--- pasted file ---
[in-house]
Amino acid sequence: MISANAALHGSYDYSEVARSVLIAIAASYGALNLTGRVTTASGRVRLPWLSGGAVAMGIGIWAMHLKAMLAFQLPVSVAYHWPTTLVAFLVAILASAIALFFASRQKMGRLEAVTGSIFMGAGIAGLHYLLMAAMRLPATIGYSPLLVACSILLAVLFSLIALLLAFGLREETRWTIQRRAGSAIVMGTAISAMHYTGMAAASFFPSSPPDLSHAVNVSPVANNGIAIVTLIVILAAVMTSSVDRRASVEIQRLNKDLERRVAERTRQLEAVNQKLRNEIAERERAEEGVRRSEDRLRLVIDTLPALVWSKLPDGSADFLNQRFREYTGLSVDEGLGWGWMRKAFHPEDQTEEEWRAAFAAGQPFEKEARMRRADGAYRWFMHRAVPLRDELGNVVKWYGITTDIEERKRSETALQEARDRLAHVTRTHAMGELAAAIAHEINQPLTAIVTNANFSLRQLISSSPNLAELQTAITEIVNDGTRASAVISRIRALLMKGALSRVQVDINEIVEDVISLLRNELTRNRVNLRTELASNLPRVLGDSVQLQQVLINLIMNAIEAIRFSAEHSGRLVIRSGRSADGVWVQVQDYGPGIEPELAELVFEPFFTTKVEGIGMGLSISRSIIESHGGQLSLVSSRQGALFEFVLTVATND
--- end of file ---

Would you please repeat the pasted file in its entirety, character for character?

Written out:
[in-house]
Amino acid sequence: MISANAALHGSYDYSEVARSVLIAIAASYGALNLTGRVTTASGRVRLPWLSGGAVAMGIGIWAMHLKAMLAFQLPVSVAYHWPTTLVAFLVAILASAIALFFASRQKMGRLEAVTGSIFMGAGIAGLHYLLMAAMRLPATIGYSPLLVACSILLAVLFSLIALLLAFGLREETRWTIQRRAGSAIVMGTAISAMHYTGMAAASFFPSSPPDLSHAVNVSPVANNGIAIVTLIVILAAVMTSSVDRRASVEIQRLNKDLERRVAERTRQLEAVNQKLRNEIAERERAEEGVRRSEDRLRLVIDTLPALVWSKLPDGSADFLNQRFREYTGLSVDEGLGWGWMRKAFHPEDQTEEEWRAAFAAGQPFEKEARMRRADGAYRWFMHRAVPLRDELGNVVKWYGITTDIEERKRSETALQEARDRLAHVTRTHAMGELAAAIAHEINQPLTAIVTNANFSLRQLISSSPNLAELQTAITEIVNDGTRASAVISRIRALLMKGALSRVQVDINEIVEDVISLLRNELTRNRVNLRTELASNLPRVLGDSVQLQQVLINLIMNAIEAIRFSAEHSGRLVIRSGRSADGVWVQVQDYGPGIEPELAELVFEPFFTTKVEGIGMGLSISRSIIESHGGQLSLVSSRQGALFEFVLTVATND